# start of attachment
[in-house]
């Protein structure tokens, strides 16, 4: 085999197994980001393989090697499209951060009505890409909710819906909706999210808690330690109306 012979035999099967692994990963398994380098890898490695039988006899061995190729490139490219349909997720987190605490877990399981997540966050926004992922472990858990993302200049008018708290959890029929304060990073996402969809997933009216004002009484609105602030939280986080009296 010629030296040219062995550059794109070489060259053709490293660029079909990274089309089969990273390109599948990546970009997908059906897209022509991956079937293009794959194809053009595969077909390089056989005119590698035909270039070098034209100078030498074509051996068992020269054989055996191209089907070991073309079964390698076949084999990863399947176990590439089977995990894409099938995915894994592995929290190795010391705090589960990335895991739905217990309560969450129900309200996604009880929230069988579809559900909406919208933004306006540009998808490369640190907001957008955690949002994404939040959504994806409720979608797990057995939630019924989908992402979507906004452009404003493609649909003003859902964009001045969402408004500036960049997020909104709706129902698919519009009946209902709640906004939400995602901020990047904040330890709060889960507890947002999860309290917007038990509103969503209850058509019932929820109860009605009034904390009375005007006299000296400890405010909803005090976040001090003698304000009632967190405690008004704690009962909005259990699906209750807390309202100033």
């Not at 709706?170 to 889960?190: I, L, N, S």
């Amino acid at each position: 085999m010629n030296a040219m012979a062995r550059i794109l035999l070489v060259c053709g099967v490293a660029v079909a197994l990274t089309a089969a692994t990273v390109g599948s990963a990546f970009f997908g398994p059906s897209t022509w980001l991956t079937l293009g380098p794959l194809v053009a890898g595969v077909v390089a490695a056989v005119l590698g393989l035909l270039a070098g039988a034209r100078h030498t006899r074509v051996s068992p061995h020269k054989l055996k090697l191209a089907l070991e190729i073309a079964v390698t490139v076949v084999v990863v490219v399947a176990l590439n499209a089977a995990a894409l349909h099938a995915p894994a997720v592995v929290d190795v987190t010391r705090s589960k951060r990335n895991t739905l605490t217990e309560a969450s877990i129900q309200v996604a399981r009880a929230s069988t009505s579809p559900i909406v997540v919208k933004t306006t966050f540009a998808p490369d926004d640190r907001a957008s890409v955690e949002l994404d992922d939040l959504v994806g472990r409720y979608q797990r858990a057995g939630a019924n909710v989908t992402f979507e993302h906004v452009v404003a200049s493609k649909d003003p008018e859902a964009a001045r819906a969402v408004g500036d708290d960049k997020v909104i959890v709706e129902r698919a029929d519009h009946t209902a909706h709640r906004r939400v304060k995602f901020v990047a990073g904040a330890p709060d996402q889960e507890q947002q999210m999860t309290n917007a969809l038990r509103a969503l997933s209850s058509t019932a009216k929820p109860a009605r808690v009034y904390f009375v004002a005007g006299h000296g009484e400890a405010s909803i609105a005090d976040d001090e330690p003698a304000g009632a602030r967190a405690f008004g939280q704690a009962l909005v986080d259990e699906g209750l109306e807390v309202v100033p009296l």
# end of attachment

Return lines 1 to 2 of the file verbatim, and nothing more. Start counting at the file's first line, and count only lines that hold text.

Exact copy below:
[in-house]
């Protein structure tokens, strides 16, 4: 085999197994980001393989090697499209951060009505890409909710819906909706999210808690330690109306 012979035999099967692994990963398994380098890898490695039988006899061995190729490139490219349909997720987190605490877990399981997540966050926004992922472990858990993302200049008018708290959890029929304060990073996402969809997933009216004002009484609105602030939280986080009296 010629030296040219062995550059794109070489060259053709490293660029079909990274089309089969990273390109599948990546970009997908059906897209022509991956079937293009794959194809053009595969077909390089056989005119590698035909270039070098034209100078030498074509051996068992020269054989055996191209089907070991073309079964390698076949084999990863399947176990590439089977995990894409099938995915894994592995929290190795010391705090589960990335895991739905217990309560969450129900309200996604009880929230069988579809559900909406919208933004306006540009998808490369640190907001957008955690949002994404939040959504994806409720979608797990057995939630019924989908992402979507906004452009404003493609649909003003859902964009001045969402408004500036960049997020909104709706129902698919519009009946209902709640906004939400995602901020990047904040330890709060889960507890947002999860309290917007038990509103969503209850058509019932929820109860009605009034904390009375005007006299000296400890405010909803005090976040001090003698304000009632967190405690008004704690009962909005259990699906209750807390309202100033």